A. Motorcyle riders and passengers are not required to wear helmets in Illinois. Local ordinances cannot legislate that motorcyclists require them in Illinois. Other neighboring states to Illinois, including Missouri, do require helmets for all riders. In Indiana, helmets are required for those riding their motorcycle under the age of 18.
A. The elements needed under the Illinois Nursing Home Care Act, 210 ILCS 45/1, et seq. for nursing homes, intermediate care facilities as well as long term care facilities are set forth in that statute. The intent of the Act is to protect the rights of nursing home residents who may be vulnerable to negligence or abuse. As in any negligence case, the four elements of negligence must be met which includes injury or damages to the resident. The elements of negligence are duty, breach of that duty, causation and damages. The statute of limitations for a negligence case in Illinois is two years from the date of the alleged occurrence that caused the nursing home injury or death. In some cases, the statute of limitations may be tolled because the person harmed because of negligence is under a legal disability such as being adjudicated a disabled person or being a minor at the time of the incident. The Nursing Home Care Act is an important law, protecting the welfare of nursing residents.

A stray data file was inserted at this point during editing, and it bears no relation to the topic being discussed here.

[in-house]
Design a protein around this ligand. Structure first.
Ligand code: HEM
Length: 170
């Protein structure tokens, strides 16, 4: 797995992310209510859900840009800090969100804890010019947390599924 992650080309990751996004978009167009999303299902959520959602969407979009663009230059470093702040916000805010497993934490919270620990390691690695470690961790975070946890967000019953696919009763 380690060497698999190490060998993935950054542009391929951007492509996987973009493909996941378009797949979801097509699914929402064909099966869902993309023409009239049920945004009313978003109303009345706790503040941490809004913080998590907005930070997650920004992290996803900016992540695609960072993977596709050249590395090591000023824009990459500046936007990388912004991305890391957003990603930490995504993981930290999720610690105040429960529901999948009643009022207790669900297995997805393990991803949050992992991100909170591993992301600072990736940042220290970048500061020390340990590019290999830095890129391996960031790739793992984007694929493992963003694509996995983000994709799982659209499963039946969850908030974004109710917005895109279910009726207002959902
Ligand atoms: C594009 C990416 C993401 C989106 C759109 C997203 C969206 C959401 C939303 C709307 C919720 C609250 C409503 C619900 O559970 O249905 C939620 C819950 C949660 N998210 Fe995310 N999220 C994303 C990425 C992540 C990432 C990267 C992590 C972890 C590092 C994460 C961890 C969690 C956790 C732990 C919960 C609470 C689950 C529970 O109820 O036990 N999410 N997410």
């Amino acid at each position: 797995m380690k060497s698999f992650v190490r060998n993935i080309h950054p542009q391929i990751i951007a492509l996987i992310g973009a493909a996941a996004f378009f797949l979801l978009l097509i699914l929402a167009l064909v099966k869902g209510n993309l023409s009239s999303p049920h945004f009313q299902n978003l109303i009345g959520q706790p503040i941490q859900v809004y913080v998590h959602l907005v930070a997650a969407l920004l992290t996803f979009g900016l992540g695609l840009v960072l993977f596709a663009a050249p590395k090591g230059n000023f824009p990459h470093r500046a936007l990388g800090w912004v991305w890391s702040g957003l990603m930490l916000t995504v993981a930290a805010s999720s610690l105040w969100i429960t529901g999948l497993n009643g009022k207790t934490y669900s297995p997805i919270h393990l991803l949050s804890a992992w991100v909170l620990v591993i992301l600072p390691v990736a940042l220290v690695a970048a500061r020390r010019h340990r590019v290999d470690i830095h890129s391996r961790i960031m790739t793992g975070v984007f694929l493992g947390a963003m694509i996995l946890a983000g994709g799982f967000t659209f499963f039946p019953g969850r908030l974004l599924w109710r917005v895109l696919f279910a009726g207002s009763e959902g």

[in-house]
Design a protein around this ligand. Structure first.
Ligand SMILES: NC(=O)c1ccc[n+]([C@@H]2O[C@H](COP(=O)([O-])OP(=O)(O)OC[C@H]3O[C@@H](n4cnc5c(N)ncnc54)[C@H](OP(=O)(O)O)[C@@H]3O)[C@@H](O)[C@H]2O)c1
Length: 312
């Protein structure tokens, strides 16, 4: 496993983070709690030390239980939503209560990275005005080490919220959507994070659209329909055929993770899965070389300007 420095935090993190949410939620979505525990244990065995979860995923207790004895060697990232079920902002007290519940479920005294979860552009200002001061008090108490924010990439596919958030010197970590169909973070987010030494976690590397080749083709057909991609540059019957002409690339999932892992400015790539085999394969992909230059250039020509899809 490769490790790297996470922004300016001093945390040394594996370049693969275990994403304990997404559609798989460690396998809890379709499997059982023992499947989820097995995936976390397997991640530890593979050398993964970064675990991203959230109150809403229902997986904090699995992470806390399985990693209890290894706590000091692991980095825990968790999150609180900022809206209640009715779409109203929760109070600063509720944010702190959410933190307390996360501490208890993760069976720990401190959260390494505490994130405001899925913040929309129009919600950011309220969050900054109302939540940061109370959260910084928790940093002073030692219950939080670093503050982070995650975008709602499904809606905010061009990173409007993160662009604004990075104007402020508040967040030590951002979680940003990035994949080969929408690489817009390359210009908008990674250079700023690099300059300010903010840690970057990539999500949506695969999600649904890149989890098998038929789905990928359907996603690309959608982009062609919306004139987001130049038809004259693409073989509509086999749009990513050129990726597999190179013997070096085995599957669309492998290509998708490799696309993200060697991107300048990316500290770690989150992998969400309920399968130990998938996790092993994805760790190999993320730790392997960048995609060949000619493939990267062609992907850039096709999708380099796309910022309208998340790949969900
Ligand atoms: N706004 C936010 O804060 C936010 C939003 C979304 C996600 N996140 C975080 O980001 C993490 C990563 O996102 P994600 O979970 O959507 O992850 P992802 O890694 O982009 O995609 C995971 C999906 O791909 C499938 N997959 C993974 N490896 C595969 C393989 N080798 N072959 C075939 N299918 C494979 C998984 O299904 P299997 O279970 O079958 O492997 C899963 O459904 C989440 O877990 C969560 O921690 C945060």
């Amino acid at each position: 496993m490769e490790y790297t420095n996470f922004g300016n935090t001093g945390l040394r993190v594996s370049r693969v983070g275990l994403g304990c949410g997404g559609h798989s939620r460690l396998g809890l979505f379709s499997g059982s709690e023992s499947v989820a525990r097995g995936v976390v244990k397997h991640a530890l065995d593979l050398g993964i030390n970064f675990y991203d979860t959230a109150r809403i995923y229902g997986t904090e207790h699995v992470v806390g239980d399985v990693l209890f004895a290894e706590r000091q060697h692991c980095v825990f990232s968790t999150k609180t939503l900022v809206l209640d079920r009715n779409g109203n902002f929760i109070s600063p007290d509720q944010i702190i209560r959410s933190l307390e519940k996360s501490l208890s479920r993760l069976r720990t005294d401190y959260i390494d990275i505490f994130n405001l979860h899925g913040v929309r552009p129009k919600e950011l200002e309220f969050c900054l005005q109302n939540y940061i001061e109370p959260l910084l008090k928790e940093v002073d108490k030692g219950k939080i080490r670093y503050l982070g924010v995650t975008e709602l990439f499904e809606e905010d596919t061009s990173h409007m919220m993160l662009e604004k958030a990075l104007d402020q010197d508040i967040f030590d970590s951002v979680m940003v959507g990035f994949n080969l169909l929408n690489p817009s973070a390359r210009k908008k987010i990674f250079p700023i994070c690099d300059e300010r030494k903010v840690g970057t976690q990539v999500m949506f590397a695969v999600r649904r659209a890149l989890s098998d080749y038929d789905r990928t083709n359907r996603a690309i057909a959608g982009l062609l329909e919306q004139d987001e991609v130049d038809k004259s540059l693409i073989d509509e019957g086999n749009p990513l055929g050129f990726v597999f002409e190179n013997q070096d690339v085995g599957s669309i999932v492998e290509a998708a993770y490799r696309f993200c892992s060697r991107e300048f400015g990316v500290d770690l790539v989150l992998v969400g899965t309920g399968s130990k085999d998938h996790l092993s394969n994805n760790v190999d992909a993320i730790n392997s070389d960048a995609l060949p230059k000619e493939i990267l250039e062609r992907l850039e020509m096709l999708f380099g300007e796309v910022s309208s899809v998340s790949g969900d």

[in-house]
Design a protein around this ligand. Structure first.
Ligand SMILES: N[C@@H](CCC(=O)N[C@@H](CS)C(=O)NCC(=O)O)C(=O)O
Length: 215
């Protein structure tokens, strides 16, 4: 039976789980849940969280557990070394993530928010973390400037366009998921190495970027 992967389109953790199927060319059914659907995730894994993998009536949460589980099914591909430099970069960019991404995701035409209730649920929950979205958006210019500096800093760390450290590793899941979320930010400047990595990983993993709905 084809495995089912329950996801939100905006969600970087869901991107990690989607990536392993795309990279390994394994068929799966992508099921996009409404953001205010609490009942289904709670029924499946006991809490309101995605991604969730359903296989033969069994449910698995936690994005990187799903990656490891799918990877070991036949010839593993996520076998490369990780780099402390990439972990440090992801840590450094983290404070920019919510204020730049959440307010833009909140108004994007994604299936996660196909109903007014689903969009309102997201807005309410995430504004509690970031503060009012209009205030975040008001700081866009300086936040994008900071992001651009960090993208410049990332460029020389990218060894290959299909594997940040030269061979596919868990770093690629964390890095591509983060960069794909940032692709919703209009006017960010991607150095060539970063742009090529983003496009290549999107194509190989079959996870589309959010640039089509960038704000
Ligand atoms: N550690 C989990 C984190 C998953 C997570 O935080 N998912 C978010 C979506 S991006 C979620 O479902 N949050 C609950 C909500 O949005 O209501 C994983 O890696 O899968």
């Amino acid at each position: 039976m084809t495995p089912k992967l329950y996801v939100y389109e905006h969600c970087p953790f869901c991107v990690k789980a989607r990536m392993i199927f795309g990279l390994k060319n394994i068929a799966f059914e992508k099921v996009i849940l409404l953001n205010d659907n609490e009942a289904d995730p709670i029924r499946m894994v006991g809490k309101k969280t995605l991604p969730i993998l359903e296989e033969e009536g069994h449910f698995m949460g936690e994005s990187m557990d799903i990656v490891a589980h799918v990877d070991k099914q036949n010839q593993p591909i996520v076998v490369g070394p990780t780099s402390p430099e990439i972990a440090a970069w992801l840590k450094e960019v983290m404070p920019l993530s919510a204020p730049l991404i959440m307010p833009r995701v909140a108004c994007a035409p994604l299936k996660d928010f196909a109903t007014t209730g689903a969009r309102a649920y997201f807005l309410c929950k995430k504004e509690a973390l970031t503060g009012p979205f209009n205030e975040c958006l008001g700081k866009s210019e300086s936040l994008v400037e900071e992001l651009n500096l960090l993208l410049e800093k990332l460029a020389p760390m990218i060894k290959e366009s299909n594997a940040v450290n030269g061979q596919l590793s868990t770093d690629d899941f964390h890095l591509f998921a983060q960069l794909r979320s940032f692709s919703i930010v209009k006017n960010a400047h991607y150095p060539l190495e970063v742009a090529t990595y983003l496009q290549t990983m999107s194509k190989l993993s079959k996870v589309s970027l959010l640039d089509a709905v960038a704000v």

A. The Illinois medical malpractice statute of repose is found under the Illinois Code of Civil Procedure, 735 ILCS 5/13-212 which sets forth the two-year statute of limitations for bringing a lawsuit for medical negligence. This section of the law also includes a four-year “statute of repose” which means that no medical malpractice case can be filed in the State of Illinois if more than four years have passed since the occurrence of the claimed medical error was discovered. The statute of repose is designed to protect the rights of an injured or harmed patient who because of the facts would not have been able to know of the cause of the negligence. For example, the surgery that occurred three years ago was done with surgical tools, one of which was forgotten and left in the cavity of the body of the patient. The patient could not have known of that error but for symptoms that revealed themselves more than two years later. The four year statute of repose would protect the filing of the lawsuit more than two years after the surgery, but less than four years from that date.